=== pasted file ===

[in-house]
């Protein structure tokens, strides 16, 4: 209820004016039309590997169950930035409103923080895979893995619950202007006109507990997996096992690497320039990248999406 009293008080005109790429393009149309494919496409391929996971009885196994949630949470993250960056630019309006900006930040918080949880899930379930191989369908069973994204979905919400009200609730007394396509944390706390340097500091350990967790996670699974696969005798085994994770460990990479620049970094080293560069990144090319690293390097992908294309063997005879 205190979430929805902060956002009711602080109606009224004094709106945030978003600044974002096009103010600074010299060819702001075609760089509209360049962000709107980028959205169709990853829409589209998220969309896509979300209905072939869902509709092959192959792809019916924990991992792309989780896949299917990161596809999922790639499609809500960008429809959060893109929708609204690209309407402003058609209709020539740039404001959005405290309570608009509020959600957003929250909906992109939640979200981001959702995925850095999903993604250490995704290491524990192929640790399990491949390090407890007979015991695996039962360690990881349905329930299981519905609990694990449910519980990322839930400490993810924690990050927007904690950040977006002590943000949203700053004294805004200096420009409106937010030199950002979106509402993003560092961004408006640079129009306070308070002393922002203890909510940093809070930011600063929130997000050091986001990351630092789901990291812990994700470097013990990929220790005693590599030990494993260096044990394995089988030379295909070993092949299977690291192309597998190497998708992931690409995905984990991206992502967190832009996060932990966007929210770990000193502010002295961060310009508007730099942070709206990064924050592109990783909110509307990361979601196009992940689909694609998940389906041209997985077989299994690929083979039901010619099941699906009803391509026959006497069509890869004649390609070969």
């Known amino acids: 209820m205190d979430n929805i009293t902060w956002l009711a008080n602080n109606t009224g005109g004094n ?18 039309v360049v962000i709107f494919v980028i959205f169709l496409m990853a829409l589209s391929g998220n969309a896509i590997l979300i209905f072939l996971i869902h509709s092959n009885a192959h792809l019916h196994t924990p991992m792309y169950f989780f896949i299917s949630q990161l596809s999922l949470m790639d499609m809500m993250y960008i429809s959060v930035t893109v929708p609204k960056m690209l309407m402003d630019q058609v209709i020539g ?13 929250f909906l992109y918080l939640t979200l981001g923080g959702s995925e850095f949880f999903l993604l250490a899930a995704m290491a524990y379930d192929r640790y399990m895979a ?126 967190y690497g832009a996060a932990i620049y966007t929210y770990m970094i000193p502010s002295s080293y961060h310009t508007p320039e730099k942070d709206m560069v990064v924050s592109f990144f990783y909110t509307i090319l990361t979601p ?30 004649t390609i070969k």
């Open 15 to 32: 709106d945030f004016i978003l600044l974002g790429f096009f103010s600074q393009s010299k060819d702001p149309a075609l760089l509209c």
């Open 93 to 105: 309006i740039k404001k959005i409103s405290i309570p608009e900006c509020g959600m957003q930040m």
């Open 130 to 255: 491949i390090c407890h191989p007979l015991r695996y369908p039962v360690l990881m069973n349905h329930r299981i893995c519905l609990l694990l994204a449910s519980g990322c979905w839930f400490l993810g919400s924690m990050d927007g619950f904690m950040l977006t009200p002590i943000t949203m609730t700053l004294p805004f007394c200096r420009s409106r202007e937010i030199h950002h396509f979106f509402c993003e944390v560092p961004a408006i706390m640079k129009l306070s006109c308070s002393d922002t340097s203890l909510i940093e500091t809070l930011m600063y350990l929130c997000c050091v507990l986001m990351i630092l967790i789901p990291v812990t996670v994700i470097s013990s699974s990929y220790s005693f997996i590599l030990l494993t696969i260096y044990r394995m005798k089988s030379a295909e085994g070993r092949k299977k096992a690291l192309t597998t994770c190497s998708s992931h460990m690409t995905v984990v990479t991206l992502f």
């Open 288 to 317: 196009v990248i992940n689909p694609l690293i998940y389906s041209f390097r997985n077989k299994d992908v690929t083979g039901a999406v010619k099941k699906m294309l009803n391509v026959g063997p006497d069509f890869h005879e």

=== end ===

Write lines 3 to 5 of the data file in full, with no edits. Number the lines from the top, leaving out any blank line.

């Known amino acids: 209820m205190d979430n929805i009293t902060w956002l009711a008080n602080n109606t009224g005109g004094n ?18 039309v360049v962000i709107f494919v980028i959205f169709l496409m990853a829409l589209s391929g998220n969309a896509i590997l979300i209905f072939l996971i869902h509709s092959n009885a192959h792809l019916h196994t924990p991992m792309y169950f989780f896949i299917s949630q990161l596809s999922l949470m790639d499609m809500m993250y960008i429809s959060v930035t893109v929708p609204k960056m690209l309407m402003d630019q058609v209709i020539g ?13 929250f909906l992109y918080l939640t979200l981001g923080g959702s995925e850095f949880f999903l993604l250490a899930a995704m290491a524990y379930d192929r640790y399990m895979a ?126 967190y690497g832009a996060a932990i620049y966007t929210y770990m970094i000193p502010s002295s080293y961060h310009t508007p320039e730099k942070d709206m560069v990064v924050s592109f990144f990783y909110t509307i090319l990361t979601p ?30 004649t390609i070969k």
């Open 15 to 32: 709106d945030f004016i978003l600044l974002g790429f096009f103010s600074q393009s010299k060819d702001p149309a075609l760089l509209c």
């Open 93 to 105: 309006i740039k404001k959005i409103s405290i309570p608009e900006c509020g959600m957003q930040m």